Thursday, March 31, 2011

Money Matters: More on Mint

Its been awhile since I talked about Mint. If you got started with it too, it takes awhile to really figure out what's going on, and how you can best use it.

We got started a few months back by getting accounts in there, so that it would have time to build up some data. Then, I gave a quick overview of the different components. Hopefully, all of your accounts are in there, and you've been checking in every week or so on your transactions. You should also have made some guess budgets, and have probably been revising them. Some of the alerts are useful; some make no sense for quite some time ("You spent $1,000 on rent. You usually spend $173.42 on rent.") as they average over a shorter period of time and apparently confuse themselves.

Anyhow, for me, I was looking for a good big picture of my spending and to help me plan. After setting up my budget categories and spending for a few months, I started noticing some things that confused me or just didn't match the way I spend or what I was hoping to track. I'm not in debt, nor am I an overspender, so this isn't something I need to monitor obsessively and some of the (over) categorization was making it confusing to get a quick overall picture.

Mint auto-categorizes transactions, usually pretty accurately. My problem was in things I won't spend regularly on--I'm looking at you, stamps. Or a magazine subscription. I don't spend enough (or frequently enough) on little things like that to have a budget for them, but I do want to know where and how they're adding up. For me, what made the most sense was to pare down my categories into the following:
  • Home (with Home Improvement & Furnishings subcategories)
  • Auto & Transport (with a Gas & Fuel subcategory)
  • Food & Dining (with Groceries & Restaurants subcategories)
  • Charity
  • Travel
  • Bills & Utilities
  • Shopping
  • Gift
  • Personal Care
I know some people will want more categories than that, but for me it made things simplest. For things that are technically "Pharmacy" like shampoo, I categorize them as Groceries as well. I buy both food and drug items from both food & drugstores, so instead of splitting out purchases or trying to remember if that CVS purchase was detergent or eggs, I call it all groceries. I never overspend on shampoo etc anyhow, so I don't really need careful tracking.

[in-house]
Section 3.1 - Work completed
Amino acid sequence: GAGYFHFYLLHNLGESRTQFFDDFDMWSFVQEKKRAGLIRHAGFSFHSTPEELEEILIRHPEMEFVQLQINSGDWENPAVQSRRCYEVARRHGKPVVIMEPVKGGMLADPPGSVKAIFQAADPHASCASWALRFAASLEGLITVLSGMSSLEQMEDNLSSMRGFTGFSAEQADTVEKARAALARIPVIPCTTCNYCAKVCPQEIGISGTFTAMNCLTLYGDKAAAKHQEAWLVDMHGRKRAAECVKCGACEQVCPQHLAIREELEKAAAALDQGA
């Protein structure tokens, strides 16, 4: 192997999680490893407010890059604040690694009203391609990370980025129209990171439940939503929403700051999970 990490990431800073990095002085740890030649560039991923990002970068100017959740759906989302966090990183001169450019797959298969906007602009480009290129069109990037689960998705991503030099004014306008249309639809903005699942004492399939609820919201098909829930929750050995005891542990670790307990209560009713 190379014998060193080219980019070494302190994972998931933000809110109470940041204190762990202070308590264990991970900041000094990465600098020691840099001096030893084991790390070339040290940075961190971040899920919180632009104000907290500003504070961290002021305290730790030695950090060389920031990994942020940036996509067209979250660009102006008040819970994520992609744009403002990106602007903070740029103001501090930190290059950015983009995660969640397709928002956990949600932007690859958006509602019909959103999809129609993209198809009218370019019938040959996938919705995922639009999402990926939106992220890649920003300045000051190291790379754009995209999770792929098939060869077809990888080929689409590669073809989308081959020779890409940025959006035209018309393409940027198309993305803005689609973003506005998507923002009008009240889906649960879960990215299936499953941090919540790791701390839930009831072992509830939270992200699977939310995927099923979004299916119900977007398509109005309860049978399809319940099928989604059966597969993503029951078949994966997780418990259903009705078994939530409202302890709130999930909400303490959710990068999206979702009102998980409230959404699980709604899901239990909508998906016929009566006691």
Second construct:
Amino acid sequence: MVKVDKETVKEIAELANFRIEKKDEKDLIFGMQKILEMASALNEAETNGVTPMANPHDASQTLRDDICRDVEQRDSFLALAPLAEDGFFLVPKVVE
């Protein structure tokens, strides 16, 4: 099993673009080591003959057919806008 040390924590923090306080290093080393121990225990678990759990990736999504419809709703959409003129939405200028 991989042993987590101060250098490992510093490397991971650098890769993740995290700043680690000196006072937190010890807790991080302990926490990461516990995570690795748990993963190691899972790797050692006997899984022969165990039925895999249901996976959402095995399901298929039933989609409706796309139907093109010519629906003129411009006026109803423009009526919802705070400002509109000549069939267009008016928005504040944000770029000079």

Other than that, if you don't see it on the list, its probably "Shopping". There are subcategories under that like "Clothing" "Books" "Sporting Goods" and "Hobbies", and I categorize things that way, but it all pulls from the same budget. I don't spend enough on any one category for it to need its own bucket, and as long as I stay within my overall budget, I'm not too concerned where my money goes. This is especially true since I often spend in cycles. I might not buy any new clothes for several months and then want to refresh my wardrobe, or have a shopping spree at Michael's.

Along those lines, there are a couple of options when you set up a budget, including to set up a budget for "every month", "every few months" and "once". The idea behind it is to help you budget for things like auto insurance, which is only due once a year. However, this confused me. I swear it double counted my auto insurance, and I think my way is much easier:
Mint also allows you to rollover a budget, and virtually all of mine do this. That means I put aside an extra $70 a month in my "Auto" budget, and by the time my car insurance is due, I've built up enough of a surplus to pay that money out of my regular budget. And I still have that "on average" idea of how much I spend in a month. This also works well for things like Personal Care, where I put only $25 each month, not even enough for a haircut. But I get my haircut infrequently, and if I have the money in that account, I won't feel guilty using it on a manicure either. I also "save up" for bigger things using this method, instead of Mint's goals. I put money into my travel, home improvement and furnishings accounts, and know that as long as I don't go over, I can do any home projects I want that fit within the budget. The goals are great if you need to regularly transfer money (like to pay off debt) but if you're just trying not to spend more than an average of $100/month on furnishings, I think my method is way easier (and I didn't get confused, like I did with Mint's saving up feature, or yelled at, like I did with goals). 

Although this makes me recategorize things sometimes to make it more streamlined, it gives me a good (and quick!) overall picture of my spending that I find really helpful. If you want to use a similar method, think of the places you're really interested in monitoring and where you spend enough to be able to see trends, and make smaller categories for those. For everything else, make life easier and don't create a zillion budgets!

I know this was a lot, so let me know if there's anything else I should have covered! What has your experience with Mint been?

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